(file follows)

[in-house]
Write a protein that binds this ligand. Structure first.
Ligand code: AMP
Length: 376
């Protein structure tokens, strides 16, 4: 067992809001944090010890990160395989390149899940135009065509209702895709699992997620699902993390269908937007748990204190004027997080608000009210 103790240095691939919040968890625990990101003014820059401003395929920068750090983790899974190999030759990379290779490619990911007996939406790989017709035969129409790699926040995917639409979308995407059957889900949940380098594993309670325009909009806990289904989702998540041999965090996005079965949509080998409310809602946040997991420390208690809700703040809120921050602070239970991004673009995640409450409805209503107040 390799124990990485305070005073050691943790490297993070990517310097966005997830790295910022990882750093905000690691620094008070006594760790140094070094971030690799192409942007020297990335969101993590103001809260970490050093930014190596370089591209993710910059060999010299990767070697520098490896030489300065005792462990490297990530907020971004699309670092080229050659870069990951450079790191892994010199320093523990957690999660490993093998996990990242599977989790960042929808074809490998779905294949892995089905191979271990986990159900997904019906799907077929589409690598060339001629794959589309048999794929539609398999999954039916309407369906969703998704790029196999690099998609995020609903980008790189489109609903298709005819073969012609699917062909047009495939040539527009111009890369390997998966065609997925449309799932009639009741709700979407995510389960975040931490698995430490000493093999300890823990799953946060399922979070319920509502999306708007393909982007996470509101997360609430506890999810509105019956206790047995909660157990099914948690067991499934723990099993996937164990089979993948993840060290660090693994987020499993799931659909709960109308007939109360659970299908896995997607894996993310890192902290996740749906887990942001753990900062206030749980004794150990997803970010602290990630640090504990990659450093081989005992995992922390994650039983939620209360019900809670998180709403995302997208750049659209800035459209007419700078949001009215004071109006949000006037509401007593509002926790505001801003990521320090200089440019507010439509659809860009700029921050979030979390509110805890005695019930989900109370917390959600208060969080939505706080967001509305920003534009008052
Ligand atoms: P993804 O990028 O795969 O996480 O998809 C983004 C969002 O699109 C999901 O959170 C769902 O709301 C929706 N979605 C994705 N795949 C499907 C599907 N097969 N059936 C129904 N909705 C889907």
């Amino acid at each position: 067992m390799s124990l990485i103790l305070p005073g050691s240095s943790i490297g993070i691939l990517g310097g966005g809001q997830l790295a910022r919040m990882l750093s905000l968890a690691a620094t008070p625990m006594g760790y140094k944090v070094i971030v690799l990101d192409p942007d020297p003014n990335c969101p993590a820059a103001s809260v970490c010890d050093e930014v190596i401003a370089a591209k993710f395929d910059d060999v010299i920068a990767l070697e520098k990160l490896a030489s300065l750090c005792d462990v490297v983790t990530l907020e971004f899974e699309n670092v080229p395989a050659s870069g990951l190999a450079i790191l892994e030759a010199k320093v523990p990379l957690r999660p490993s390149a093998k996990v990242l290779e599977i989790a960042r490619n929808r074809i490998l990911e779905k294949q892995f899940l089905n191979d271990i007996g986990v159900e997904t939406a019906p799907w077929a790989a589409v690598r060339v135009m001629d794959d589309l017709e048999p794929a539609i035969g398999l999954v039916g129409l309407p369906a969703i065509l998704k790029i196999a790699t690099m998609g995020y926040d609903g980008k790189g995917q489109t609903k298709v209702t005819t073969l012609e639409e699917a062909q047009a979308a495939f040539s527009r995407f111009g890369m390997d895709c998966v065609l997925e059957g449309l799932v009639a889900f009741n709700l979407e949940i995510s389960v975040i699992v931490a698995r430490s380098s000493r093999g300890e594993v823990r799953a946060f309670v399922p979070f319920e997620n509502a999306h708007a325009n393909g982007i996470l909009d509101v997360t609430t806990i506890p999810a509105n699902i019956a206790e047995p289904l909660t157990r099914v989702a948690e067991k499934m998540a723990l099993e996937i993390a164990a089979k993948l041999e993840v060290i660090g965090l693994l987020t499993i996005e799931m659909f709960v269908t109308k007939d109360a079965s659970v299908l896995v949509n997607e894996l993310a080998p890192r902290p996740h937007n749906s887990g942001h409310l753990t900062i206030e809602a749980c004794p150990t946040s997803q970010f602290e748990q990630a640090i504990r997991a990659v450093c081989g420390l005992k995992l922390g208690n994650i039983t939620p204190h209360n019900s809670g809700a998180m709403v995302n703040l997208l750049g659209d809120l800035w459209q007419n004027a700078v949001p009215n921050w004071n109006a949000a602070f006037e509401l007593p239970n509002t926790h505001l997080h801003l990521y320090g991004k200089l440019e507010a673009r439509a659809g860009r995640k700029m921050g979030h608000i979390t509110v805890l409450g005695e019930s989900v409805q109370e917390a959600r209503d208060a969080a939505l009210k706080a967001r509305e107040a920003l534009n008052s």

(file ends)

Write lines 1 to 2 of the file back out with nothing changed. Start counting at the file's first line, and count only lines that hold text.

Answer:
[in-house]
Write a protein that binds this ligand. Structure first.